The crowd Wednesday night at the handgun license class at H&H Shooting Sports Complex was a curious mix.
A teacher. A delivery driver. A man who sells products made at an Oklahoma oil refinery.
One woman worked for a hospital. Another attendee described himself as a “risk manager.” There were couples, too, and a young man attending the class with his parents.
And then there was Dr. John Belardo, a well-known local eye surgeon.
“I recognize him from the billboards,” a fellow classmate said.
The 5:30 p.m. class, the second part of an eight-hour session required by state law, would focus on shooting and other hands-on training.
Oklahomans from all walks of life are rushing to get their handgun licenses these days. The rush, some say, is the result of a potent mix of factors, including a presidential election, mass shootings and renewed talk of tighter gun control laws.
In Okla homa, there are more than 140,000 residents who are licensed to carry firearms. Over the past four years, the number of licenses issued by the Oklahoma State Bureau of Investigation has exploded compared with previous years.
Meghan McCormick, spokeswoman for the Cleveland County sheriff's office, said comments made last week by President Barack Obama on the topic of guns lead to a record-setting day in Norman.
“The day the president announced his proposed changes, we had a record number of people, around 60 come in that day to submit their applications,” McCormick said, adding that a long line formed during the two hours the sheriff's office accepted applications that day.
Residents wanting to get a handgun license in Oklahoma must first complete a “firearms safety and familiarization” course like the 30 or so people did Wednesday night at H&H Shooting Sports Complex.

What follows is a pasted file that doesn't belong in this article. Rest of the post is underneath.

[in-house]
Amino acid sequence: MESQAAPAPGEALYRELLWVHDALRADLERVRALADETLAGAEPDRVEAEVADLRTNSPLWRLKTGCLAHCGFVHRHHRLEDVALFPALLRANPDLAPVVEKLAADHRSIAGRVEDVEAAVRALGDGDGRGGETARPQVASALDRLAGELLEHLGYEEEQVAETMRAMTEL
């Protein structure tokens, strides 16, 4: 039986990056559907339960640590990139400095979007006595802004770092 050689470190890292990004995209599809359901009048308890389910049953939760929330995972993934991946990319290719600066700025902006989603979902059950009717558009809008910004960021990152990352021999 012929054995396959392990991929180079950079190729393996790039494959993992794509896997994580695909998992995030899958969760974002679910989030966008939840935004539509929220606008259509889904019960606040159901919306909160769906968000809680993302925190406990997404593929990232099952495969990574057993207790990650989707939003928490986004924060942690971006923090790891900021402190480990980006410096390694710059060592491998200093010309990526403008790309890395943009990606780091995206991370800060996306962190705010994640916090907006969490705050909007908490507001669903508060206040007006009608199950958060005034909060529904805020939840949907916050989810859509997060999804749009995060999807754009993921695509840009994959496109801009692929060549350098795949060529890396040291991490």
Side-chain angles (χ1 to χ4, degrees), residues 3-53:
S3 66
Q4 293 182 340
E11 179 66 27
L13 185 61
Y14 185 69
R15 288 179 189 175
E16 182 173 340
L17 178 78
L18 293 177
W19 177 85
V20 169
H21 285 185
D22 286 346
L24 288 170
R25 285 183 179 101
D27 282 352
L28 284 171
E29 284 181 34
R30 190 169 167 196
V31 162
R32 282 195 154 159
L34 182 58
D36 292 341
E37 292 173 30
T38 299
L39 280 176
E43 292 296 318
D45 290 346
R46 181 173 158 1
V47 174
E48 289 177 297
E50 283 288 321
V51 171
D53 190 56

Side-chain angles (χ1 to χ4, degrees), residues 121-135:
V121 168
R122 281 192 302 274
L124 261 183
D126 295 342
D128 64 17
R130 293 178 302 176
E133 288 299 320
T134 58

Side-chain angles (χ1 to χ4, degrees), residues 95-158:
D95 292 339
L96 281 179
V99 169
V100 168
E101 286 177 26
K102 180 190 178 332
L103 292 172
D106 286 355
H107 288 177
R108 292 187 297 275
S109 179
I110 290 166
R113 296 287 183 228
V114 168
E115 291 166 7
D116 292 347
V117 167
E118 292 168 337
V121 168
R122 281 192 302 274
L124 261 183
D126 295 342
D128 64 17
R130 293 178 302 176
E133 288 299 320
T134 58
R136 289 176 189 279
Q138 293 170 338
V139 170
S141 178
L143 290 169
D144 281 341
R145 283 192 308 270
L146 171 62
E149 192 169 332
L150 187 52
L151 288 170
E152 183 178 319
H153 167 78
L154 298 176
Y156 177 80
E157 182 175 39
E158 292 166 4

After that, OSBI protocol instructs them to go to their local sheriff's office to complete the application process.
McCormick said Obama's comments about possible new gun control laws, made Jan. 16, are the latest thing to scare gun owners.
“Every time something happens — the shooting in Colorado, the election, the shootings in Connecticut — we see people start to come in,” she said. “It seems like they're afraid they might not be able to get their license when stuff like this happens.”
Latonia McDaniel, who works at a local specialty hospital, said she was getting her handgun license for personal protection. The response is near universal when gun owners are getting their handgun licenses.
“I want to be able to protect myself, as a woman, and my kids,” McDaniel said. “Plus, I grew up around guns, and I know how to use them. It's the next step.”
Like McDaniel, many of those attending the class Wednesday evening were women.
“It's good to see so many women here tonight. … I think there are as many of us as there are men. It's our right, too,” said one woman, who did not want to be identified.
Students are required to load and fire 50 shots at a target that appeared to be roughly 15 feet away.
Licensees to be shielded
In Oklahoma, the identity of those licensed to carry handguns is protected by the OSBI.
Jessica Brown, the bureau's spokeswoman, said the only information made public about handgun licensees is their age, gender and the county they reside in.
Brown said names, dates of birth and other identifying data belonging to Oklahomans with handgun licenses are not considered open records.
In other states, that isn't always the case.
Shortly after the mass shooting at Sandy Hook Elementary School in Connecticut, a newspaper in New York published an online, interactive map showing the addresses of gun owners in two counties.
The map, which was viewed more than 1.2 million times before it was taken down, was created using data gleaned from public records.
The New York newspaper's staff reportedly received death threats after the map was posted online.